I was warned when I started running multiple marathons that I would always have some aches and pains. My knees and legs would hurt and although it was rarely anything serious they would be an ever present feature of my life. The people who told me this weren’t wrong. My knees alternate between the good and the bad, sometimes it hurts on the left and sometimes the right. My calves are perpetually tight and every now and again there is a twinge across the sole of my foot. I just take it as it comes and on the whole after a couple of miles running the niggles go away.
It maybe stupid but I have learnt to ignore most of the small pains I get and running more often helps. Eventually they ease off and there is no harm done. The usual pattern goes something like this.
Mile 1) this is a silly idea, I have a major injury here, this hurts so much my leg is about to fall off. I’m going to stop if it still hurts in another mile.
Mile 2) That’s a bit easier it’s not quite as bad as I thought, I reckon I could get another couple of miles done on this I’ll just cut a few miles off the end of the run if it still hurts then.
Mile 3) Oh that’s better just getting in my stride, I can probably finish the run slowly as the pain is almost gone now.
Mile 4 on ) Pain what pain?
Of course sometimes when I stop I get a joint moaning about the exercise afterwards, and rarely a twinge as I climb the stairs but, in general a bit of ice, rest and foam rolling and the jobs a good’n.
When I was really worried over christmas I went to a physio and they more or less told me that I needed to do some specific exercises to target muscles which were not strong enough. It was a relief to discover that I hadn’t, twisted, ripped, torn, broken or otherwise destroyed anything. I did the exercises and the pain cleared. This weekend the other knee went in a completely unexpected fashion. I had just stopped to check the route and as I started out again my knee seized up leaving me limping for half a mile. I had not done anything particularly different, it went at about mile 8 or 9 and I wasn’t running particularly fast. OK there were hills involved but nearly all my training involves hills somewhere down the line. Again I’ve been recomended some exercises, I iced it, and got the foam roller out and will probably continue to run until it clears up. Even though it felt more serious than the standard niggles I really don’t want to know anything more, becasue knowing is sometimes worse than just struggling through.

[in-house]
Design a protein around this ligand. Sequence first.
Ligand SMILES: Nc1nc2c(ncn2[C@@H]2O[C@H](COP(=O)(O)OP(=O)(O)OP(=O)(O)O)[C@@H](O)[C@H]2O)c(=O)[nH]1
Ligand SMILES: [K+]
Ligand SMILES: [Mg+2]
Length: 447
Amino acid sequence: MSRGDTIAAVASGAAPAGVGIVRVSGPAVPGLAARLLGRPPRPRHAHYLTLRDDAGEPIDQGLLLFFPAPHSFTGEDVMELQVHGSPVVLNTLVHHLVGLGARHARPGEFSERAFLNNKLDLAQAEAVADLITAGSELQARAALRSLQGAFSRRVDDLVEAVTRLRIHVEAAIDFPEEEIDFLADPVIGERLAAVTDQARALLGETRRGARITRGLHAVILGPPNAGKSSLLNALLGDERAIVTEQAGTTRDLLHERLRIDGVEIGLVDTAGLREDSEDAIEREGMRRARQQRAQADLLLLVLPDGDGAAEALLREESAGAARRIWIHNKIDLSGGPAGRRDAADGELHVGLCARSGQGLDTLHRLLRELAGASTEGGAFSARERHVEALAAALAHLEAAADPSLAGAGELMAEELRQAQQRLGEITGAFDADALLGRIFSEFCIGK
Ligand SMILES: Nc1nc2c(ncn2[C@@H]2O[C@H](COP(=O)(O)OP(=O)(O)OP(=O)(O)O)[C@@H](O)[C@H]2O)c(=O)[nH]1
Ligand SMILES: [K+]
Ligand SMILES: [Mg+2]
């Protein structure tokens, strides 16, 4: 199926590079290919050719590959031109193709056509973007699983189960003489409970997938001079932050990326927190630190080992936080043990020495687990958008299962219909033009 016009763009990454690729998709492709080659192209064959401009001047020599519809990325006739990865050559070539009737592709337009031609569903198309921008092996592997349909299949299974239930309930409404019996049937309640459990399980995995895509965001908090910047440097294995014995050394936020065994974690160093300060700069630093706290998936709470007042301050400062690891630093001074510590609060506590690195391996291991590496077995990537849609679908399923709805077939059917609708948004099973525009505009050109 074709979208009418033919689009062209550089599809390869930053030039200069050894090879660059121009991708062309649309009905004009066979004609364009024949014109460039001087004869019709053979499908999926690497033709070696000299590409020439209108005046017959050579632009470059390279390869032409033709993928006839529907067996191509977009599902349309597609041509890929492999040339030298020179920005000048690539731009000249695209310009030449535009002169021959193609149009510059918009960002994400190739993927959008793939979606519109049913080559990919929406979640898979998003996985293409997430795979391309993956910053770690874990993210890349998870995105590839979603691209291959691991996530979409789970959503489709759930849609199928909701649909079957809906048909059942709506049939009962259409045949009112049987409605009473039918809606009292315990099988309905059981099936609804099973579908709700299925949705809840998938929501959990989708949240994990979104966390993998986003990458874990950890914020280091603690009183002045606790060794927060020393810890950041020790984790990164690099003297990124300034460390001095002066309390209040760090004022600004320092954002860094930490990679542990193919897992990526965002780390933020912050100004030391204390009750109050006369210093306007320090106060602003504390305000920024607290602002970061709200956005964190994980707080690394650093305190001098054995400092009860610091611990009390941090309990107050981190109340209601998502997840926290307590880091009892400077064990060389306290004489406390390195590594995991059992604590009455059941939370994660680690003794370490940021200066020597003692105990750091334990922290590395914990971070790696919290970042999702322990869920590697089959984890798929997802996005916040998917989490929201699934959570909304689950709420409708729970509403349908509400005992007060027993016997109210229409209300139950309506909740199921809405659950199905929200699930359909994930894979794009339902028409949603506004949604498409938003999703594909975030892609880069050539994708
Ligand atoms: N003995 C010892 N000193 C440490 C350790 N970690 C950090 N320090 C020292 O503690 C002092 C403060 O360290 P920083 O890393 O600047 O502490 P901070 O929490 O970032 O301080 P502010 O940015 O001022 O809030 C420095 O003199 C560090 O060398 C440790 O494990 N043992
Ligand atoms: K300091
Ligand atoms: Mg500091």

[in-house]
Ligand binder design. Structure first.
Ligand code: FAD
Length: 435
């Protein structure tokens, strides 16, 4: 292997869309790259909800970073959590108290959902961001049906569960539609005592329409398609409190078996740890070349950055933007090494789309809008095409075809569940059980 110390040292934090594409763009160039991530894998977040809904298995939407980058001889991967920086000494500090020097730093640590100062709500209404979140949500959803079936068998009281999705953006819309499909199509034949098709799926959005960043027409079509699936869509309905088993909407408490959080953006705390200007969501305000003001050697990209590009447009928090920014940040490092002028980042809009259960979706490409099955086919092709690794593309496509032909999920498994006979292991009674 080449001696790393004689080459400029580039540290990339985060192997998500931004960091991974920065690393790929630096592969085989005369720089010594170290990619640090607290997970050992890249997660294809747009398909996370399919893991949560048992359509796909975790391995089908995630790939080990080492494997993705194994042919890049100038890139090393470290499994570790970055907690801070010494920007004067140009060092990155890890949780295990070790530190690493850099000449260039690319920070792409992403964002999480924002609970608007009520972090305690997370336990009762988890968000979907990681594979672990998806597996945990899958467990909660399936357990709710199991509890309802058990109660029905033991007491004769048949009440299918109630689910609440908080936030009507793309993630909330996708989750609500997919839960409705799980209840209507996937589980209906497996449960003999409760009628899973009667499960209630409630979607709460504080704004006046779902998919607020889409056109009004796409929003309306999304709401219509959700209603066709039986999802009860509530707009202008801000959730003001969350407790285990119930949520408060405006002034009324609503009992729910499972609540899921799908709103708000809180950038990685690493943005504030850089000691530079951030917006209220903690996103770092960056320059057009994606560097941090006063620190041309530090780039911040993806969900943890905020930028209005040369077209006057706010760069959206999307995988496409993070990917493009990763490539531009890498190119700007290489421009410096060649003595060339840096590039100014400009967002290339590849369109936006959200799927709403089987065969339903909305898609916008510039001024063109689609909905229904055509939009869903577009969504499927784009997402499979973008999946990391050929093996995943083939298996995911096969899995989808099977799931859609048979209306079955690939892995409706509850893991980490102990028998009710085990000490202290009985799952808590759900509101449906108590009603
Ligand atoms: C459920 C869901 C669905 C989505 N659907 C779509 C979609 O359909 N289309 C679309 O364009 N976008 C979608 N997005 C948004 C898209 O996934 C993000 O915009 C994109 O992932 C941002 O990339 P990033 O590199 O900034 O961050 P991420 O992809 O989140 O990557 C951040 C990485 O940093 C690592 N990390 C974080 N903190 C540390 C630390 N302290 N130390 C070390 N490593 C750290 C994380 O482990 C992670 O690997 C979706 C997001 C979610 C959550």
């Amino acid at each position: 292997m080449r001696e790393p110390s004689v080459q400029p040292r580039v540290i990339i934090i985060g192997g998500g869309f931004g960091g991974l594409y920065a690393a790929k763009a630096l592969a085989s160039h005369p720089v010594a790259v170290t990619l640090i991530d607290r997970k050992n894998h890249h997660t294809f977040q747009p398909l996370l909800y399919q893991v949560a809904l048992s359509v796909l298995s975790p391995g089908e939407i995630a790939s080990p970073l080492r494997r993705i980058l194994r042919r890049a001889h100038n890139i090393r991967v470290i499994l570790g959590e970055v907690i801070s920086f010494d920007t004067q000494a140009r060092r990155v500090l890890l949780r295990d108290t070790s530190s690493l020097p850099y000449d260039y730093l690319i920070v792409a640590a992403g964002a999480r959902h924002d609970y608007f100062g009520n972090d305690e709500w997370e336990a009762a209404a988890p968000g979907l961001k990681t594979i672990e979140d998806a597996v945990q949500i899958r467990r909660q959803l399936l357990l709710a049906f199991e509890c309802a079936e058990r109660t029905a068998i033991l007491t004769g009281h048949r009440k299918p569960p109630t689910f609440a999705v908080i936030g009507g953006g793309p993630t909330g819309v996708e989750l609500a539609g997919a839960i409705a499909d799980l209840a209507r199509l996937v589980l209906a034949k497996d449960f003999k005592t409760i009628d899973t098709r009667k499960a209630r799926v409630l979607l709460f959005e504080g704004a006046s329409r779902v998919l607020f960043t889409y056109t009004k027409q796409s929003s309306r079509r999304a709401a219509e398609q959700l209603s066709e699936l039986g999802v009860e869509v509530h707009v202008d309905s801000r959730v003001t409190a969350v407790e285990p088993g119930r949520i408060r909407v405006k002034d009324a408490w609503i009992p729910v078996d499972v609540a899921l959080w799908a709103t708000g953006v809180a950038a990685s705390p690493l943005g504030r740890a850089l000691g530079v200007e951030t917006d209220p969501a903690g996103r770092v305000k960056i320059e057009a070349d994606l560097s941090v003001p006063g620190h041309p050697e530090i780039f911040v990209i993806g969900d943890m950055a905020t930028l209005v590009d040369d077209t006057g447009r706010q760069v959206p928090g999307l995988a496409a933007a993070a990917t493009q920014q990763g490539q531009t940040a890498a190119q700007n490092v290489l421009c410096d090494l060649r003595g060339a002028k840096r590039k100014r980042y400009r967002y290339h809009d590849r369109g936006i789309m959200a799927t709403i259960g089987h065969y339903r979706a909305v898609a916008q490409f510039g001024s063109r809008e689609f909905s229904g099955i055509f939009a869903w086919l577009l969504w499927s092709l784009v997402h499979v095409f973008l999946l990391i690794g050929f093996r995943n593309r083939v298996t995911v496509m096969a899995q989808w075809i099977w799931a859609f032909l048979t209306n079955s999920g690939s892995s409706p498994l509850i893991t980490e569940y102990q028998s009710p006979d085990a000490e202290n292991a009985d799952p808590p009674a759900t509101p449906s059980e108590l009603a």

Occasionaly like almost everyone else I look on the internet when things hurt. I go through the lists of symptoms trying to diagnose the issue. The trouble is it can become something fixed in your head. Far from finding an answer it can just mean that you spend your whole time training trying to spot it. While you have no label for your twinge it becomes something that is not important, it can be safely ignored. You might feel it while you are out and about but running through it is not something you have been advised against. While a pain is nameless there is a chance that running through it will make it better. Once it has a name there are things that you should do, there are symptoms to look out for there is a whole medicalised mindset which colours every aspect of your running.
A friend was recently diagnosed with a form of arthritis in his knees. Now being a keen runner this was not really very good but the pain was not the worst part, much worse was what it did to his head. Sometimes the knee hurts, on other days he can get by with no problems at all, however on the days with no pain something else happens. He confessed while out for a long run, 15 or 16 miles he started worrying that he had not felt the pain. At mile 14 or so he suddenly realised that there had been no tweaks and niggles and from that point on every step was being analysed for any trace of the arthritis. It’s enough to drive you mad and certainly not beneficial for sticking to any kind of training plan. That is why, for good or ill I will always run through most of my niggles. Until of course my leg drops off, or worse.